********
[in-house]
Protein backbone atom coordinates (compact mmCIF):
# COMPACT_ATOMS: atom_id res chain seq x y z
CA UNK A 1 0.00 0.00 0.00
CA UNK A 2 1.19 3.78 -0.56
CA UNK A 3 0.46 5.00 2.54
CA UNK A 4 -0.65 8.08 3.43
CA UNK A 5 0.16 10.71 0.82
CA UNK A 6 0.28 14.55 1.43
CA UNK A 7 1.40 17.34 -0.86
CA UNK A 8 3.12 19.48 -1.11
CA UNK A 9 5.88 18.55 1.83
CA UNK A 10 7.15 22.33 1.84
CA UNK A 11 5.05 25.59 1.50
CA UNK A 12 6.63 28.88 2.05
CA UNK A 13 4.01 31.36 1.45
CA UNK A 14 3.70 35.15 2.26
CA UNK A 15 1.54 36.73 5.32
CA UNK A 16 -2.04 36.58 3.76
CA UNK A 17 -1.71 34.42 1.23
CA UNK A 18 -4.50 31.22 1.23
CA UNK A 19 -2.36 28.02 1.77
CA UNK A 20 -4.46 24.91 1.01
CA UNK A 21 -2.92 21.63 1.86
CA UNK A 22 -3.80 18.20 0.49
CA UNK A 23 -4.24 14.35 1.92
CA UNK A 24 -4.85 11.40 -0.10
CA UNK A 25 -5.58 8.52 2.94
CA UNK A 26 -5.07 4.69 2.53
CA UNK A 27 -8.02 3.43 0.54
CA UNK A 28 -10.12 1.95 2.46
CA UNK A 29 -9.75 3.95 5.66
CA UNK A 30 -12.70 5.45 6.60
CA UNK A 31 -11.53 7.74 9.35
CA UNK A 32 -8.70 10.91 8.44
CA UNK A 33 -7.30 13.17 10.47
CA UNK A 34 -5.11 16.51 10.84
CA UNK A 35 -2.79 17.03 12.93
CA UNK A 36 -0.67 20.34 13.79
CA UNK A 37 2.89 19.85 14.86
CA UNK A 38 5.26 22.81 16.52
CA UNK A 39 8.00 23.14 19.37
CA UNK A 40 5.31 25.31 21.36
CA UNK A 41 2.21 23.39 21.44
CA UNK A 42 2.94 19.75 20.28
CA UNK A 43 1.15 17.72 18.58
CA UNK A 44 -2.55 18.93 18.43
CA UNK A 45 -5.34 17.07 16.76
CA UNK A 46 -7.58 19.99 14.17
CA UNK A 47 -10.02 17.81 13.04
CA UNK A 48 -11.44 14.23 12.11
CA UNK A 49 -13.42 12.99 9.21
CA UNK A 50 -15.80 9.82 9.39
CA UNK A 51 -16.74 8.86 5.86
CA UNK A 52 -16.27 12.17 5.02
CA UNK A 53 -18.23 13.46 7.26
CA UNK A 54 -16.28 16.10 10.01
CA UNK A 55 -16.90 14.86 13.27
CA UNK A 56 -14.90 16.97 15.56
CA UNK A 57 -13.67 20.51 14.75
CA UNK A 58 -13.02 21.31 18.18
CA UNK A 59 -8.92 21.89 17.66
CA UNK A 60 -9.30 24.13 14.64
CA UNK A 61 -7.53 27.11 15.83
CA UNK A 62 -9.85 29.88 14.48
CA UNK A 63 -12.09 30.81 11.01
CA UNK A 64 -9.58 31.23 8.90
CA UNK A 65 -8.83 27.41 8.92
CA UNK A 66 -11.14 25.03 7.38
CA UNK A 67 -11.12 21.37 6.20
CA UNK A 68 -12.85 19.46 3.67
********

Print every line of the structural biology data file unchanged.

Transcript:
[in-house]
Protein backbone atom coordinates (compact mmCIF):
# COMPACT_ATOMS: atom_id res chain seq x y z
CA UNK A 1 0.00 0.00 0.00
CA UNK A 2 1.19 3.78 -0.56
CA UNK A 3 0.46 5.00 2.54
CA UNK A 4 -0.65 8.08 3.43
CA UNK A 5 0.16 10.71 0.82
CA UNK A 6 0.28 14.55 1.43
CA UNK A 7 1.40 17.34 -0.86
CA UNK A 8 3.12 19.48 -1.11
CA UNK A 9 5.88 18.55 1.83
CA UNK A 10 7.15 22.33 1.84
CA UNK A 11 5.05 25.59 1.50
CA UNK A 12 6.63 28.88 2.05
CA UNK A 13 4.01 31.36 1.45
CA UNK A 14 3.70 35.15 2.26
CA UNK A 15 1.54 36.73 5.32
CA UNK A 16 -2.04 36.58 3.76
CA UNK A 17 -1.71 34.42 1.23
CA UNK A 18 -4.50 31.22 1.23
CA UNK A 19 -2.36 28.02 1.77
CA UNK A 20 -4.46 24.91 1.01
CA UNK A 21 -2.92 21.63 1.86
CA UNK A 22 -3.80 18.20 0.49
CA UNK A 23 -4.24 14.35 1.92
CA UNK A 24 -4.85 11.40 -0.10
CA UNK A 25 -5.58 8.52 2.94
CA UNK A 26 -5.07 4.69 2.53
CA UNK A 27 -8.02 3.43 0.54
CA UNK A 28 -10.12 1.95 2.46
CA UNK A 29 -9.75 3.95 5.66
CA UNK A 30 -12.70 5.45 6.60
CA UNK A 31 -11.53 7.74 9.35
CA UNK A 32 -8.70 10.91 8.44
CA UNK A 33 -7.30 13.17 10.47
CA UNK A 34 -5.11 16.51 10.84
CA UNK A 35 -2.79 17.03 12.93
CA UNK A 36 -0.67 20.34 13.79
CA UNK A 37 2.89 19.85 14.86
CA UNK A 38 5.26 22.81 16.52
CA UNK A 39 8.00 23.14 19.37
CA UNK A 40 5.31 25.31 21.36
CA UNK A 41 2.21 23.39 21.44
CA UNK A 42 2.94 19.75 20.28
CA UNK A 43 1.15 17.72 18.58
CA UNK A 44 -2.55 18.93 18.43
CA UNK A 45 -5.34 17.07 16.76
CA UNK A 46 -7.58 19.99 14.17
CA UNK A 47 -10.02 17.81 13.04
CA UNK A 48 -11.44 14.23 12.11
CA UNK A 49 -13.42 12.99 9.21
CA UNK A 50 -15.80 9.82 9.39
CA UNK A 51 -16.74 8.86 5.86
CA UNK A 52 -16.27 12.17 5.02
CA UNK A 53 -18.23 13.46 7.26
CA UNK A 54 -16.28 16.10 10.01
CA UNK A 55 -16.90 14.86 13.27
CA UNK A 56 -14.90 16.97 15.56
CA UNK A 57 -13.67 20.51 14.75
CA UNK A 58 -13.02 21.31 18.18
CA UNK A 59 -8.92 21.89 17.66
CA UNK A 60 -9.30 24.13 14.64
CA UNK A 61 -7.53 27.11 15.83
CA UNK A 62 -9.85 29.88 14.48
CA UNK A 63 -12.09 30.81 11.01
CA UNK A 64 -9.58 31.23 8.90
CA UNK A 65 -8.83 27.41 8.92
CA UNK A 66 -11.14 25.03 7.38
CA UNK A 67 -11.12 21.37 6.20
CA UNK A 68 -12.85 19.46 3.67